David Levy – Are marine NGOs up to the job? – May 2014

Ocean2012 has dissolved. No, not in sea water, but because the reform process for the Common Fisheries Policy (CFP) is over, as is the reform of fishing subsidies dispensed by the European Maritime and Fisheries Fund, bar the crossing of the t’s and dotting of the i’s.

To celebrate this event, a closing meeting of Ocean2012 was convened on Friday 11th April in London in the PEW office. John Stansfield and myself attended.

What interested me during the presentations was when Ocean2012 looked at their aims when they started, and then at what they had achieved when the process had finished. Not the same result at all.

This points to the major difference between Marinet and other NGOs and marks us out as being difficult to partner. We look at the problem and campaign for the solutions and do not deviate from our path.

Greenpeace, WWF, PEW, Ocean2012 and RSPB were the major players attending along with C.O.A.S.T, New Economics Foundation (NEF), The Inshore Fishermen’s Association, and Frankie’s Fish and Chips. Most were there to back slap and congratulate themselves on “achieving a campaign unequalled in environmental history, and a model of NGO co-operation showing what can be delivered with this approach”.

I would have agreed, if they had really delivered. The problem is that the gaps in the pavement of the CFP are still sufficiently substantial to allow anyone to “slip through” if they wish, despite what is said in writing. The challenge which confronts us now is enforcement, data gathering and its verification — all conveniently glossed over by those present, with two exceptions.

The first to make a presentation was Marinet. We focused on the reality of the new CFP — which meant that the timing of reforms is too vague, as is the detail of where and how the data is collated, who enforces the breaches of regulations, and whether there is a real appetite for change. Our conclusion has been — too little, and too late.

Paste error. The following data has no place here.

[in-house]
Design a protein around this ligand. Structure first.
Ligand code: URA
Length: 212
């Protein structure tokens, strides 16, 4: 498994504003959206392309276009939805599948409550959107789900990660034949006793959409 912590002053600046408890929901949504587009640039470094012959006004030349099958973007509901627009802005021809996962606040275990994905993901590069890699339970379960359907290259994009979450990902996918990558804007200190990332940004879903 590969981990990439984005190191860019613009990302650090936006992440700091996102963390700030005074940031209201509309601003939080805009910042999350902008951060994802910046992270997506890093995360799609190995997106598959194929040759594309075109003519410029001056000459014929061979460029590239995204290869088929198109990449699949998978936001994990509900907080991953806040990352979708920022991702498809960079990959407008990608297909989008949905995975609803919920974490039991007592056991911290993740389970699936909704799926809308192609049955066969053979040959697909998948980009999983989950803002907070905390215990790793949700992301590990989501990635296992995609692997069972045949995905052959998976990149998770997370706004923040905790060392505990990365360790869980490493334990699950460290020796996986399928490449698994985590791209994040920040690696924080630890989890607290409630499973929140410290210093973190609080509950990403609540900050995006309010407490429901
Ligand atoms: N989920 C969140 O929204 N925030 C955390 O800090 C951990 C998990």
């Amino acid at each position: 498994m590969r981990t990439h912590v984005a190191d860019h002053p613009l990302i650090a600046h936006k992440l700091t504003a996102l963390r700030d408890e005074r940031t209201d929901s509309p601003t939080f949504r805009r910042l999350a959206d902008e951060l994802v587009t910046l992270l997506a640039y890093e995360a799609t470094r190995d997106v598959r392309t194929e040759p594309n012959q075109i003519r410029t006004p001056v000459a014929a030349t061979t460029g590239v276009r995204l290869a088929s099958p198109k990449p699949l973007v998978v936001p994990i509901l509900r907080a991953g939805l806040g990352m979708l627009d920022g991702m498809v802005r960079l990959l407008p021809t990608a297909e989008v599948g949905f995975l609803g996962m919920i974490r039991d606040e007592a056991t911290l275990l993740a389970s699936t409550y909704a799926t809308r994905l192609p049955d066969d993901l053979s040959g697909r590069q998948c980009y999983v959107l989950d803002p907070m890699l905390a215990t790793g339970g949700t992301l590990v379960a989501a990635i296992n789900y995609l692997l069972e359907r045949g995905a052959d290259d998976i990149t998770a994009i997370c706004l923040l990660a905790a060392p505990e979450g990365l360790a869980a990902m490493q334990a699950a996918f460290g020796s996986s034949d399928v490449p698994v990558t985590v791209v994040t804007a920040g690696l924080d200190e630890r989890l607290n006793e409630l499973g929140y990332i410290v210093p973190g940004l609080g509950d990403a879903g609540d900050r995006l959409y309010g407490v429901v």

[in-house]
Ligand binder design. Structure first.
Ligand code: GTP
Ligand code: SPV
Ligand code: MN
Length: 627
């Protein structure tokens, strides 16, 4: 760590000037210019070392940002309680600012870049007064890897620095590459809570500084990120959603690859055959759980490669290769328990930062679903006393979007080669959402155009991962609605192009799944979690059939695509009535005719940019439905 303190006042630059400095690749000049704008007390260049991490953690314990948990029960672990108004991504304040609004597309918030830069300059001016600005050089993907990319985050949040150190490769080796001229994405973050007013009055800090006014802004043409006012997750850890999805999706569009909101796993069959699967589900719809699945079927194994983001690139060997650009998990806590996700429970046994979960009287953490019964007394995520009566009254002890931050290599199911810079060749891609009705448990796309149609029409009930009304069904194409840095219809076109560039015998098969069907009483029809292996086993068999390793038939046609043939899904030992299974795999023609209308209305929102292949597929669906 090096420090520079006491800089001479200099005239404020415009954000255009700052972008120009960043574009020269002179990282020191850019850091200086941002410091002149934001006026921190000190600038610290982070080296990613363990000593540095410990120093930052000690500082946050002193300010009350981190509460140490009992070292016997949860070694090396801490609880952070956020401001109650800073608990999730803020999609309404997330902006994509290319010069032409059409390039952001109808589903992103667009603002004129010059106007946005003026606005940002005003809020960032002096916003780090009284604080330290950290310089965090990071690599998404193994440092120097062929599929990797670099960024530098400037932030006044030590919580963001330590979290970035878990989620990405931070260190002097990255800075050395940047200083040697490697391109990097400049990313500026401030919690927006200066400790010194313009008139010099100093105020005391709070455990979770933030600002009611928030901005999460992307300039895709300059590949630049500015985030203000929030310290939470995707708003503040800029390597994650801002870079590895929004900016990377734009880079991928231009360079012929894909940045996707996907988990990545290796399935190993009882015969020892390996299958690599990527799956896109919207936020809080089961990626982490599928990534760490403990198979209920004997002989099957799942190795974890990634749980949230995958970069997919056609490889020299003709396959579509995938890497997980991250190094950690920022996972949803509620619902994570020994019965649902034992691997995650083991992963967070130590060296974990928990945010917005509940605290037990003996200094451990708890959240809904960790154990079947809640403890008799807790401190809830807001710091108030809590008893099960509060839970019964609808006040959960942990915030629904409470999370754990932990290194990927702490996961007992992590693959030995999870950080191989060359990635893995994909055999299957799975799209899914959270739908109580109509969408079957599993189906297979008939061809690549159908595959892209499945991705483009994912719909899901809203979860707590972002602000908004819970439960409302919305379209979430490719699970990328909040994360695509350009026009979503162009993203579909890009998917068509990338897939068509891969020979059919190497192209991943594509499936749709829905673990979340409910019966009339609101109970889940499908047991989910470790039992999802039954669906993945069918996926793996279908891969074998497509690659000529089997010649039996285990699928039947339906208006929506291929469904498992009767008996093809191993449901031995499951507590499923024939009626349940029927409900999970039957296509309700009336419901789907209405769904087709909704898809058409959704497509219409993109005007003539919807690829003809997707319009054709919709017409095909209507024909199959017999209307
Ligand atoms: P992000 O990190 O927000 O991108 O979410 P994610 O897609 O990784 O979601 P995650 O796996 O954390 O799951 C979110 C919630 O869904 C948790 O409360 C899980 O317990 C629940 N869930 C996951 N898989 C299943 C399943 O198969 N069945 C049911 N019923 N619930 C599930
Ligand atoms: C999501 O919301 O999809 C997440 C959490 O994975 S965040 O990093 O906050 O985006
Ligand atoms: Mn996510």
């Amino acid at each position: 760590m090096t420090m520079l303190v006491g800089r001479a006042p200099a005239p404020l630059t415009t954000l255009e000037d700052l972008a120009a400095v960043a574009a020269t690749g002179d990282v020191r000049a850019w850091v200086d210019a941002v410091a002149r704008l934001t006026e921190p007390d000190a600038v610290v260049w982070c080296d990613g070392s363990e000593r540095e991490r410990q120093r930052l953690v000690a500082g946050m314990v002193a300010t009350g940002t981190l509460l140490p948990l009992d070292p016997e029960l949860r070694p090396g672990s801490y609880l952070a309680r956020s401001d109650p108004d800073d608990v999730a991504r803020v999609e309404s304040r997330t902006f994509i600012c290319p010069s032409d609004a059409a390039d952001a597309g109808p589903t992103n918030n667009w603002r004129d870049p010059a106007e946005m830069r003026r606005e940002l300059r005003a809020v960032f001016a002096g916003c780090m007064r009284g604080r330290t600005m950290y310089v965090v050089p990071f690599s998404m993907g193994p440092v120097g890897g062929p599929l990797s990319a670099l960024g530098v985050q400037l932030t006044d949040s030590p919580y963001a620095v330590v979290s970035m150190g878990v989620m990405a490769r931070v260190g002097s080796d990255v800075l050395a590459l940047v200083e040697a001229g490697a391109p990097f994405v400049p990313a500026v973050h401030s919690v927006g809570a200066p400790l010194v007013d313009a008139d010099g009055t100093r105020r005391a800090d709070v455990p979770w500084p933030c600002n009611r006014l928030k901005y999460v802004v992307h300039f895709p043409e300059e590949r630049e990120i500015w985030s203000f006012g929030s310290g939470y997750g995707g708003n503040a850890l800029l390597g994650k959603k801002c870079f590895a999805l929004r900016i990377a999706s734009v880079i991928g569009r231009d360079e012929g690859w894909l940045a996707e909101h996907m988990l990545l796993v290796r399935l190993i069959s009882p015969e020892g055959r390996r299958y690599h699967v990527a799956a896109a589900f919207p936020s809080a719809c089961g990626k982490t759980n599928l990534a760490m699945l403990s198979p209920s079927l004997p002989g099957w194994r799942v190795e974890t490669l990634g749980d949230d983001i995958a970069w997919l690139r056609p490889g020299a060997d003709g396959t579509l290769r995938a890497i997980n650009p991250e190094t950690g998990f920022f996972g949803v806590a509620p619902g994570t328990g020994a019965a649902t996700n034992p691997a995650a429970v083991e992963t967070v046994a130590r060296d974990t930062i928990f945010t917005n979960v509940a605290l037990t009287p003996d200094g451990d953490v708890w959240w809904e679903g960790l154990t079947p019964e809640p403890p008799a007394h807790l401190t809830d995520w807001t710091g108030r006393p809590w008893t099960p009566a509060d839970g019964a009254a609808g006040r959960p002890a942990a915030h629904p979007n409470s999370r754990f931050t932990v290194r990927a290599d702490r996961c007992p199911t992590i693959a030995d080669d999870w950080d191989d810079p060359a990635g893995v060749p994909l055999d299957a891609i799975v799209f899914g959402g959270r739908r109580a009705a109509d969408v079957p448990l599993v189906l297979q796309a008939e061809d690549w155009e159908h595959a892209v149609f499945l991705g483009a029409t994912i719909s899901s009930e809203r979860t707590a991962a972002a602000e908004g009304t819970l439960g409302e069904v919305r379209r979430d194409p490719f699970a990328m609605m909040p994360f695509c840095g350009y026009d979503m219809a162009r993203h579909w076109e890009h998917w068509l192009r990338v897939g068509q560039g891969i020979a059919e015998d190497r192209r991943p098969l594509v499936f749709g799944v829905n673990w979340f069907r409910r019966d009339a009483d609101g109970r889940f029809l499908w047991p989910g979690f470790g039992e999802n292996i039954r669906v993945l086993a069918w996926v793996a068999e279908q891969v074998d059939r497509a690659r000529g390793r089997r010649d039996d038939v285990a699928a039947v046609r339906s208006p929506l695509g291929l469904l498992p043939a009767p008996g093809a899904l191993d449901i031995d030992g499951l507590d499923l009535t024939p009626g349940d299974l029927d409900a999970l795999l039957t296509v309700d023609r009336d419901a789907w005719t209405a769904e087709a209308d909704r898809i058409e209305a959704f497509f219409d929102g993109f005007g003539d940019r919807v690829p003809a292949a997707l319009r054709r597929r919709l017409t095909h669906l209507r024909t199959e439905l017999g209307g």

We then went on in our presentation to address the situation beyond our immediate seas and to consider the global picture, and the research we are doing into changing the world’s laws of the seas/oceans in order to protect fish stocks for future generations. NEF chose to support Marinet when their turn came to make their presentation, especially on fish food security.

John Stansfield (Marinet) will be co-ordinating with Chris Williams (NEF) to see where we can work collaboratively in the coming year. The difficulty which exists is that although we agree on so many important points, NEF still have PEW funding for data analysis — and we do not.

It could be we need to work with Blackfish training volunteers to achieve our aim of monitoring and verifying fishing data and practices during the coming year, and this may prove to be attractive to NEF as well.
The blinding realisation is that what monies are available are only given to the big players, unless you are a scientific organisation. Even then, the fact is that these NGOs are working together on joint projects which deliver on the small scale detail, but avoid the specifics of the essential problems of marine management.

Why is that so?

NGOs are reliant on Government, and/or charitable money, to pay for their buildings, salaries, and their commitment to provide data after gaining government research projects.

At one time their operating monies were provided by the public, but not today. So they are trapped by their own decisions.

Marinet is not restricted by connections to charitable or Government money. We can therefore campaign on whatever front we wish. They cannot.

Our restriction is based on our ambition and whether our membership can support our campaigning direction with appropriate donations. To reach for the moon, we will need more members and financial backing.
David Levy

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